Immigrants Help Communities Battle Recession
January 17, 2002
Some observers perceive a strong antidote to recession in areas throughout the country dominated by immigrants. The newcomers not only have a strong entrepreneurial streak and act as a counter-cyclical economic force by establishing businesses, but also their numbers stimulate demand.
- Latinos, Middle Easterners and Asians, in particular, have had a salutary impact in parts of Houston, Los Angeles and Manhattan.
- With their numbers expanding at a rate far faster than native-born Americans, immigrant-dominated groups provide a consumer market that -- according to a recent University of Georgia study -- expanded nearly twice as fast in the 1990s as the general population.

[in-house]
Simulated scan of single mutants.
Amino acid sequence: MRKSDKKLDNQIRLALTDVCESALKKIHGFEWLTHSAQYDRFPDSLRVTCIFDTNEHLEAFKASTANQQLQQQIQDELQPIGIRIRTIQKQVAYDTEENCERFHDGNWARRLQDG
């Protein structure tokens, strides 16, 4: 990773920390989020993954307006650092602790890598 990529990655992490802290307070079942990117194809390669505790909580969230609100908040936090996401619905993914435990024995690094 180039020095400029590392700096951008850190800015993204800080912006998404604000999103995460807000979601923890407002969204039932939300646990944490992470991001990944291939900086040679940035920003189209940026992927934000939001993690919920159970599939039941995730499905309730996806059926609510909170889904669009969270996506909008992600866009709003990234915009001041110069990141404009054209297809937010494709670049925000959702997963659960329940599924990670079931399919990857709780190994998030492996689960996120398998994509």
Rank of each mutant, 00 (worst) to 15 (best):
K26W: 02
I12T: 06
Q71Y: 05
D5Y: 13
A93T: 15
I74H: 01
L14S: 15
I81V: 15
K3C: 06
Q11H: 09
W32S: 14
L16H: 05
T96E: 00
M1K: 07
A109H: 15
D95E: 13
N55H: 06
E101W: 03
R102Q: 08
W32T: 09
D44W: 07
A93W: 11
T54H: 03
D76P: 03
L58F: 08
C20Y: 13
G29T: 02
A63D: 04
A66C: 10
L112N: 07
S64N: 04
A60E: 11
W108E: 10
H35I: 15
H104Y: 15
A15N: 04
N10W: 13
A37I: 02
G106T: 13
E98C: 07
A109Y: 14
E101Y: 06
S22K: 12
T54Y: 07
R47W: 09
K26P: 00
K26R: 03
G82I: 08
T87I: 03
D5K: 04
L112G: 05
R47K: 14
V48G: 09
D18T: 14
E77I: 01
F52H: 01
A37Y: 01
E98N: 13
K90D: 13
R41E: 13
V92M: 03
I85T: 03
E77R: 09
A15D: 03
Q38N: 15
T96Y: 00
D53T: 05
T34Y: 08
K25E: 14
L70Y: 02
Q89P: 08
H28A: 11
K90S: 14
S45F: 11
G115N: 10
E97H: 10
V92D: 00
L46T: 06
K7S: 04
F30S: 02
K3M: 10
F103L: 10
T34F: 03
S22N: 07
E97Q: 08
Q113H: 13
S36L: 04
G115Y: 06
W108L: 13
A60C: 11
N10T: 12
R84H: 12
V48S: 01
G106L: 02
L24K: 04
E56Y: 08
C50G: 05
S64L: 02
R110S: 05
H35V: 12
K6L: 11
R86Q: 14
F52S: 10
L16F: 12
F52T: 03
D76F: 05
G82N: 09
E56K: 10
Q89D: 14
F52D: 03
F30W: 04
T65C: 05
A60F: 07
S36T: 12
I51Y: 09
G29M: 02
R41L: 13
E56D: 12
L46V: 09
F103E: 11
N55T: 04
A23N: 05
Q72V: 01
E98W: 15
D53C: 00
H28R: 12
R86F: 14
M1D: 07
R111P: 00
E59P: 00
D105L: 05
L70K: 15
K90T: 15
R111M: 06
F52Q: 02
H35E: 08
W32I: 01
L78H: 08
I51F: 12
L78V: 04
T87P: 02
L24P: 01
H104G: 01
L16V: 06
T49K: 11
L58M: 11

- One Houston developer, himself an immigrant, estimates that roughly 60 percent of the businesses in his more than 30 suburban properties are occupied by immigrants.
- Much of the eastern and southern reaches of the Los Angeles basin are dotted with shopping centers and factories operated by, and often owned by, foreign-born entrepreneurs -- particularly Latinos.
Significantly, both Houston and Los Angeles suffered grievously in the recession of a little more than a decade ago as Anglo homeowners and businesses folded or moved.
As Manhattan struggles with the aftermath of Sept. 11 and vacancies rise, immigrant neighborhoods like Flushing in Queens -- where an estimated 70,000 largely Asian immigrants have migrated since the early 1980s, continue to see increases in both occupancy and rents.
Source: Joel Kotkin (Pepperdine University), "Immigrants Cushion the Economic Fall," Wall Street Journal, January 17, 2002.
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